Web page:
Alireza Hejazi shares his thoughts with us about “Professional Futurists” in this blog post for our Emerging Fellows program. The views expressed are those of the author and not necessarily those of the APF or its other members.
Talking to a student of Futures Studies about developments made in the foresight profession in recent months and years, our discussion led my student friend to ask me how futurists differ professionally. He was interested in knowing if there was any ranking system by which the futurists might be rated. In the absence of such a system, I provided him a simple response. This motivated me to add another post to the series of posts published in our blog in relation to futurists’ professionalization.
In my view, futurists differ by their depth of vision, strategic focus and creativity. I owe this categorization to Joe Coates (2004). I don’t intend to limit futurists’ differences just to these three factors, but this was the best categorization I could remember to offer to my student friend in a quick and orderly fashion. There are still a few miles to a standardized ranking system for professional futurists, but to that end these three qualifications may serve this purpose.
Depth of Vision
Futurists are different by their depth of vision. They set up the big picture, inspire others and empower them to achieve it. In my view, a futurist’s depth of vision can be determined by the extent to which it enables individuals and organizations to pursue their preferred futures independently. Personally, I hate controlling and being controlled all the time. Therefore, I do not prefer to exercise tight control over others to check if they are moving on the right path. If a vision is developed skillfully and communicated appropriately to clients, it can empower them to follow what is desirable without tight control. When people pursue distant future goals, they are typically under the pressures of current moment. Being occupied with present situation leaves little room for addressing long-range visionary goals. The art of a visionary futurist is to consume people’s concern for existing problems in favor of attaining visions. A futurist’s ideas may be different from his/her clients’ prevailing beliefs, but he/she can persuade them to follow their desirable visions by creating a mind setting that allows individuals to hunt the vision.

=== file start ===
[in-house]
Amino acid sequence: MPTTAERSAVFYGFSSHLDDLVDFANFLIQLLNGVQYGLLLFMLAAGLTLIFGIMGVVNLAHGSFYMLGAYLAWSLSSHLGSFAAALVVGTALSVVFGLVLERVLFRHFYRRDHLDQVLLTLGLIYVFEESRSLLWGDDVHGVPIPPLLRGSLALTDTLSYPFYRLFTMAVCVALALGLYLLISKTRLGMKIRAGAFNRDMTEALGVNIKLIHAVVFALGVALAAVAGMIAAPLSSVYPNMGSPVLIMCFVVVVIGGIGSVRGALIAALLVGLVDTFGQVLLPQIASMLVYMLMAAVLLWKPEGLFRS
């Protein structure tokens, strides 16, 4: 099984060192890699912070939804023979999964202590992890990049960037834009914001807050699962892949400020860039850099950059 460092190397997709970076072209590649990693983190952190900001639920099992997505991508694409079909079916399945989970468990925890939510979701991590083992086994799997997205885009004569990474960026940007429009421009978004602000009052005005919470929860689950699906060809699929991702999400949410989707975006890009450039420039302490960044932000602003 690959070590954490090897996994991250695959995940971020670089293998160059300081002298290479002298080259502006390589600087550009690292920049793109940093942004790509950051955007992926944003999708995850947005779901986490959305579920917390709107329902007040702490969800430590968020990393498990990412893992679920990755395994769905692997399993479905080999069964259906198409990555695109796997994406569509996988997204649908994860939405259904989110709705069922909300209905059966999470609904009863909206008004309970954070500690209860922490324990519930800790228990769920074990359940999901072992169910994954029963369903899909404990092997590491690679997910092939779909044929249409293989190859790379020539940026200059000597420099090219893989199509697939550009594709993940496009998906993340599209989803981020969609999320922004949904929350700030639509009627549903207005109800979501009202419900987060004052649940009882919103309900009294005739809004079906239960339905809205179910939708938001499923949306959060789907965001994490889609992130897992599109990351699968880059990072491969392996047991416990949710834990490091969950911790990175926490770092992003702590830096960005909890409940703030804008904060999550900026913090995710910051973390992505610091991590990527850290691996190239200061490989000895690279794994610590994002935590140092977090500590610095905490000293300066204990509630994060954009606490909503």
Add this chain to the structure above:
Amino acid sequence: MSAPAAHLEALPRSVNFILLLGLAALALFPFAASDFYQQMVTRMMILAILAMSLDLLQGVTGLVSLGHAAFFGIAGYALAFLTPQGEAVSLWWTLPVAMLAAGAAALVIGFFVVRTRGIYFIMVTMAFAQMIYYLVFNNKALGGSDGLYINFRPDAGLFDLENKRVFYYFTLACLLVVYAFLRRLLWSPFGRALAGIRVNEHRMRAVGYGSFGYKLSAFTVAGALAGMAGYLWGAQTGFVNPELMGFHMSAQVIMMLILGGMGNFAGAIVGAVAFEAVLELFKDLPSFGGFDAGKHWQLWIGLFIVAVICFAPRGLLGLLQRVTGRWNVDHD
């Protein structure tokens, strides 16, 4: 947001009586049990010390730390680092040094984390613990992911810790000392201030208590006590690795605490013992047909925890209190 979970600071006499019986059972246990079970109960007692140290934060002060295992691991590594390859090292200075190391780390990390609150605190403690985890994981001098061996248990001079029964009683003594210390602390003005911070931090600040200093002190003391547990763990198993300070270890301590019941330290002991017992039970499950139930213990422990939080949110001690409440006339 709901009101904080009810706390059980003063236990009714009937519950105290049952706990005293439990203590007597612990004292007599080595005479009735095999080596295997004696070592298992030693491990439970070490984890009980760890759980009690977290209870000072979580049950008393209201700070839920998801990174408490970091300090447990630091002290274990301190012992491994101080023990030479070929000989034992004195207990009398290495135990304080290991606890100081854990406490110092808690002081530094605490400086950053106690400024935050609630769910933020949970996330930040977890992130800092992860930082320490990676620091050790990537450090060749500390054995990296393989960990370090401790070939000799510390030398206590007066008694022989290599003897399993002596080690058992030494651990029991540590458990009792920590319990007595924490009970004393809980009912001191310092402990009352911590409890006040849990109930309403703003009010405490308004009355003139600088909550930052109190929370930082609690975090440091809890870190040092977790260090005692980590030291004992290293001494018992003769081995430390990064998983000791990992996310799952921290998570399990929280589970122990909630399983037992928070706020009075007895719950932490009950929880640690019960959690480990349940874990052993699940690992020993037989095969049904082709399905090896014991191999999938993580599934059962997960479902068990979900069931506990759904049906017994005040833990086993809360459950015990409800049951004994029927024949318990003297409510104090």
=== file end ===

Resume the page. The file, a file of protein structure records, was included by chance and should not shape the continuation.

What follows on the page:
Clarifying the strategic focus is critical for the professional success of a futurist. People who pursue future-oriented goals generally experience irritations and lose their way. They sometimes end up with losing strategic focus. Therefore, in addition to a well-established vision, they need a well-informed strategic focus. Professional futurists help people and organizations get focused on what they are seeking. Foresight clients are typically preoccupied with the short term. They always find themselves thinking about here and now. Skillful futurists can switch their clients’ minds to the long term and grant them a higher degree of focus to take the value of time and space more consciously. Creating such a level of awareness requires continuous scanning so that their confusion might be removed by providing them valuable information. In this way, they will be able to filter out the noises that prevent them from attaining their desired goals. At a higher level, potent futurists enable their clients to get out of their organization and go beyond their industry to see what is going on at the global level. Thus, strategic focus makes it possible for futurists to do a high quality job of developing their profession, services and exploiting current and emerging foresight markets.
Futurists are also different by their level of creativity. As Rick Slaughter (2005) says,” creative futurists are offering possibilities to people and to cultures. We’re not saying that there’s a blueprint that has to be followed – such a thing does not exist. Instead, we’re offering options, interpretative possibilities, practical possibilities, tools of understanding which represent a vast, extended tool kit for reinventing culture.” Beyond Slaughter’s reference to culture, the futurists’ creativity works in foresight profession at large. Standing on the shoulders of many giants, the futurists examine the ways by which they might be able to activate their own creativity and shape the foundation of new knowledge and ideas targeting the future. In fact, creative futurists apply their sense of curiosity in favor of motivating individuals to explore new areas of foresight and cope with unanswered questions.
Earlier, I reviewed a number of questions on ranking the futurists. I recall that ranking is a means of qualification in terms of knowledge, skill and the quality of service that professional futurists provide for their clients. Any ranking initiative or system should serve the ultimate goal of futurists’ professional recognition.
Coates, J. (November-December 2004). Looking ahead: Futurists are different. Research Technology Management. Retrieved from http://www.josephcoates.com/pdf_files/275_Futurists_Are_Different.pdf
Slaughter, R. (2005). Towards a wise culture: four classic futures texts. Australia: Foresight International.